Schizophrenia affects about 1 percent of the U.S. population, ages 18 years and older, in a given year. The most prominent symptoms include hallucinations, delusions, disordered thinking and behavior and suspiciousness. Hearing voices that other people don't hear is the most common type of hallucination. These experiences can make people with the disorder fearful and withdrawn.
“Schizophrenia can be a devastating illness requiring lifelong treatment,” said Thomas Laughren, MD, director of the Division of Psychiatry Products in the FDA's Center for Drug Evaluation and Research. “Some patients do not respond well to certain types of drug therapy, so it is important to have multiple treatment options available.”
Latuda is included in the atypical antipsychotic class of drugs. All atypical antipsychotics contain a boxed warning alerting prescribers to an increased risk of death associated with off-label use of these drugs to treat behavioral problems in older people with dementia-related psychosis. No drug in this class is approved to treat patients with dementia-related psychosis.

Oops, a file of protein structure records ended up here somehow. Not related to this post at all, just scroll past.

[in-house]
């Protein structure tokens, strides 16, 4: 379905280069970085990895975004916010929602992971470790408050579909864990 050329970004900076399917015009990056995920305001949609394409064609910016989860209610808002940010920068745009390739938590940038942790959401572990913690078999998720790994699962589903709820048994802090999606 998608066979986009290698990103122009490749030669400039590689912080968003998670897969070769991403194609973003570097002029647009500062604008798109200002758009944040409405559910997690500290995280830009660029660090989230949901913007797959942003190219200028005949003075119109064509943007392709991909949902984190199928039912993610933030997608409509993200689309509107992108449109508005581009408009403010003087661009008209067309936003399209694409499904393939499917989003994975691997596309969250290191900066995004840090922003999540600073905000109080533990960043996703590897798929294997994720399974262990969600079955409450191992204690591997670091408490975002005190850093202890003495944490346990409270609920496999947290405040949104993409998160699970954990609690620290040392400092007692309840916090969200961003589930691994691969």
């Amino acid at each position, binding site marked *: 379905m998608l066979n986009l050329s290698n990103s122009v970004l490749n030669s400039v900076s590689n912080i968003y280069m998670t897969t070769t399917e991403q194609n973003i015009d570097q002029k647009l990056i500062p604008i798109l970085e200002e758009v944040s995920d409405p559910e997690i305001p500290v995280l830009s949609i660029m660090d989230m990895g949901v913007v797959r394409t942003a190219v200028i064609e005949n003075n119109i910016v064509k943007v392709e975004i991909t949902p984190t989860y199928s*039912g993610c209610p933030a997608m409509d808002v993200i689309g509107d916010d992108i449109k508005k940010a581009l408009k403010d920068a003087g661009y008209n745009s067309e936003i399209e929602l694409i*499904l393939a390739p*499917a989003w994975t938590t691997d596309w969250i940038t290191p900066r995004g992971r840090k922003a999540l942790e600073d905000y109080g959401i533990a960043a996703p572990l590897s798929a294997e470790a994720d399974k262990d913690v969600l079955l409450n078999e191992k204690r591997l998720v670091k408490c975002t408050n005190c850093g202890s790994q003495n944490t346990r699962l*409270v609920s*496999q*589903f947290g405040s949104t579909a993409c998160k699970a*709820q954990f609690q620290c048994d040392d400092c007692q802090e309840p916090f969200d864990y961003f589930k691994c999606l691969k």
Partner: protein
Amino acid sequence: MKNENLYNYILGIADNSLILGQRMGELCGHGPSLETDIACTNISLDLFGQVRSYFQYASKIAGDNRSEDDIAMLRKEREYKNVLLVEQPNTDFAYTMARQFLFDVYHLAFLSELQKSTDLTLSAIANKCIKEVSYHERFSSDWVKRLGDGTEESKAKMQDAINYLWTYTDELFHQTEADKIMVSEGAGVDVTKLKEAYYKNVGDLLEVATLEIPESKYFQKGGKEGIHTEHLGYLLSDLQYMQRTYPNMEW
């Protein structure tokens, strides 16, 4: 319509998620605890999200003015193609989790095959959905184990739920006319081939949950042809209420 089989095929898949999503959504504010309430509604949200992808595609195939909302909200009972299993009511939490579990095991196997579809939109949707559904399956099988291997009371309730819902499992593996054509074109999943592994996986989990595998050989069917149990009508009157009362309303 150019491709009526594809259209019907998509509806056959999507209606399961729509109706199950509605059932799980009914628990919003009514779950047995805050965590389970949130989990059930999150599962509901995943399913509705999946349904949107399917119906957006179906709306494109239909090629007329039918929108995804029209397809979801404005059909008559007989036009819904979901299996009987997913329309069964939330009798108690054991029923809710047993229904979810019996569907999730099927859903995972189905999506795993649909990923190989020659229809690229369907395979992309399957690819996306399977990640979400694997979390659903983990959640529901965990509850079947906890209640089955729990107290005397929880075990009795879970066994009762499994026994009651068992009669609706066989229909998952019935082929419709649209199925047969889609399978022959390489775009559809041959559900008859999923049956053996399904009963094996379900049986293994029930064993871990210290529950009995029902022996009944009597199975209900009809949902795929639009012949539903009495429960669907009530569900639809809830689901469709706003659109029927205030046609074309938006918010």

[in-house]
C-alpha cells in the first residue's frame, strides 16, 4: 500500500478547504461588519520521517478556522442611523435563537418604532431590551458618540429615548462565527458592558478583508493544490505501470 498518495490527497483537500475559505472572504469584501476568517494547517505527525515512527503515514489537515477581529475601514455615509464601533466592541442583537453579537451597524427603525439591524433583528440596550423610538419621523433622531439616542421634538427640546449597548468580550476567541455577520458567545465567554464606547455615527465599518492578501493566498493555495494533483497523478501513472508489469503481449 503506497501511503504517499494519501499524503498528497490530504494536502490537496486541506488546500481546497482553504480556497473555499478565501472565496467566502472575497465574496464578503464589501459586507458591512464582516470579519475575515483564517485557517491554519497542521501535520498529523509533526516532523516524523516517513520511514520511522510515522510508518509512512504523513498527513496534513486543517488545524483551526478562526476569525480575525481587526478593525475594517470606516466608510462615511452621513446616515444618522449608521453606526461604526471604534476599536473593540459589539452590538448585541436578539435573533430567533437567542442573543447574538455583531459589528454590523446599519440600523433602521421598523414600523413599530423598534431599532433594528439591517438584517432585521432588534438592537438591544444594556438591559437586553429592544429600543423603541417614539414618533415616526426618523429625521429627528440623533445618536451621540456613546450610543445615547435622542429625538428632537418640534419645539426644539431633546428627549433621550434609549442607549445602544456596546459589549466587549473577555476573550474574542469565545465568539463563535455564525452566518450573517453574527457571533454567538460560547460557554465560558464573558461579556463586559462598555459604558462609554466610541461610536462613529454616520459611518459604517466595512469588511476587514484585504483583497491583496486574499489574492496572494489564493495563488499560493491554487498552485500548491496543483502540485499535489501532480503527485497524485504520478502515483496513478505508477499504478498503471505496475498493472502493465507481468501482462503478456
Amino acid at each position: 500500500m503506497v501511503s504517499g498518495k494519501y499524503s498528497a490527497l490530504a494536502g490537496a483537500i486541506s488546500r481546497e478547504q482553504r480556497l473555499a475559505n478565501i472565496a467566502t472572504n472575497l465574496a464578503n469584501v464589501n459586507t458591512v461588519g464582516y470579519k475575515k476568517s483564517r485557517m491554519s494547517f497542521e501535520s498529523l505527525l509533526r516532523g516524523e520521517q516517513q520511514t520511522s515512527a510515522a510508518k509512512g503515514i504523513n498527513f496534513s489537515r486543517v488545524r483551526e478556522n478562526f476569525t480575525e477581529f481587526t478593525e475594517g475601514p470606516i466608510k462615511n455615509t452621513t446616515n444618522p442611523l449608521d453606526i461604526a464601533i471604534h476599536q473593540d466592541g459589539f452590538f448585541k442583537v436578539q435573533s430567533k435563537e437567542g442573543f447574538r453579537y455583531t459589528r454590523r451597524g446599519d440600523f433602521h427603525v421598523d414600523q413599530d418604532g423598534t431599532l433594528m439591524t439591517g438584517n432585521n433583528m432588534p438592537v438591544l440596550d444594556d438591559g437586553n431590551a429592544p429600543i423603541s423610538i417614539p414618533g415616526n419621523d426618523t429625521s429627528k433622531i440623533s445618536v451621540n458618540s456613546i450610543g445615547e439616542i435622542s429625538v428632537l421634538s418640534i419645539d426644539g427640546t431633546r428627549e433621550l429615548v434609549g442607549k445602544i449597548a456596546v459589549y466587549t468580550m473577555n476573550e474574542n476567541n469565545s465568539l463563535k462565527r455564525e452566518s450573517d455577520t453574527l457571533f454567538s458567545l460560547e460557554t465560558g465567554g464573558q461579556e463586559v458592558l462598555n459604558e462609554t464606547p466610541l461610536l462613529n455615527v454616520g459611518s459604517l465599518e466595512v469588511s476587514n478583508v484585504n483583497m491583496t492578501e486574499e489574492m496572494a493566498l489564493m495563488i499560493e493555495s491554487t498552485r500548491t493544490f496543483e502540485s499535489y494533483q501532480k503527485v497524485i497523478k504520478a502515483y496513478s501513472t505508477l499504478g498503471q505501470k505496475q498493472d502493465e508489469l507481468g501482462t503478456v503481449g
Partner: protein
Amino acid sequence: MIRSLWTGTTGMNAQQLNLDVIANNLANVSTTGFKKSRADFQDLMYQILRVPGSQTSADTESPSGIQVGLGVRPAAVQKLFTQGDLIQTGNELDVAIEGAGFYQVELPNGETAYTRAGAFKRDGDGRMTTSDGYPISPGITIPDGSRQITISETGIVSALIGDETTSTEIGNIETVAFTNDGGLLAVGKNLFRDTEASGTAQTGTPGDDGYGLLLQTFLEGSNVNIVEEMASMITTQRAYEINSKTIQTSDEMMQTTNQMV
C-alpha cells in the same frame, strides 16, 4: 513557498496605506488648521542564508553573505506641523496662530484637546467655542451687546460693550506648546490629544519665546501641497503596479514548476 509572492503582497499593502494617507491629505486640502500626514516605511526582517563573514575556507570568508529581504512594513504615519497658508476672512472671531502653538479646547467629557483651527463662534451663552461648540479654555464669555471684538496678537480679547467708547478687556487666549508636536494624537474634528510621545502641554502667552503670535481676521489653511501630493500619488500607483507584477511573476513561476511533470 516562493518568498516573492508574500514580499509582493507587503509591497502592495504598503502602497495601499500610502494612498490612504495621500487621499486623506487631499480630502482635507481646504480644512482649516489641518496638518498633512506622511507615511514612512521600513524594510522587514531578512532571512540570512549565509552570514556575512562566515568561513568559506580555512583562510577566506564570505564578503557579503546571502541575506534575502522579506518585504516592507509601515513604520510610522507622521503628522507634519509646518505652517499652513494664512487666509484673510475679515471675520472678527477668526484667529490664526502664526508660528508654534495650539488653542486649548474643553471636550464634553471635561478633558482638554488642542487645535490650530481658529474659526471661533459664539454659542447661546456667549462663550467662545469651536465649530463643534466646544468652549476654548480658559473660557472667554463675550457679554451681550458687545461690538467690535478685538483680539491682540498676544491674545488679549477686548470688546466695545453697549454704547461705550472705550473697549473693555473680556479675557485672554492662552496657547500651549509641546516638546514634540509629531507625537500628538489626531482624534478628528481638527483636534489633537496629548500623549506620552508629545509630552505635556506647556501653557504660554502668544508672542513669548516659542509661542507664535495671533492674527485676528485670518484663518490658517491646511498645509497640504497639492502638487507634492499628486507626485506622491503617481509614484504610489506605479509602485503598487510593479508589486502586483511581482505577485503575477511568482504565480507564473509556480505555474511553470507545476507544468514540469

Four six-week controlled studies of adults with schizophrenia demonstrated the effectiveness and safety of Latuda. In the trials, patients treated with Latuda had fewer symptoms of schizophrenia than those taking an inactive pill (placebo).
The most common adverse reactions reported by those in clinical trials were drowsiness, feelings of restlessness and the urge to move (akathisia), nausea, movement abnormalities such as tremors, slow movement or muscle stiffness (Parkinsonism) and agitation.
Latuda is manufactured by Sunovion Pharmaceuticals Inc. of Fort Lee, N.J.
Media Inquiries: Sandy Walsh, 301-796-4669, email@example.com
Consumer Inquiries: 888-INFO-FDA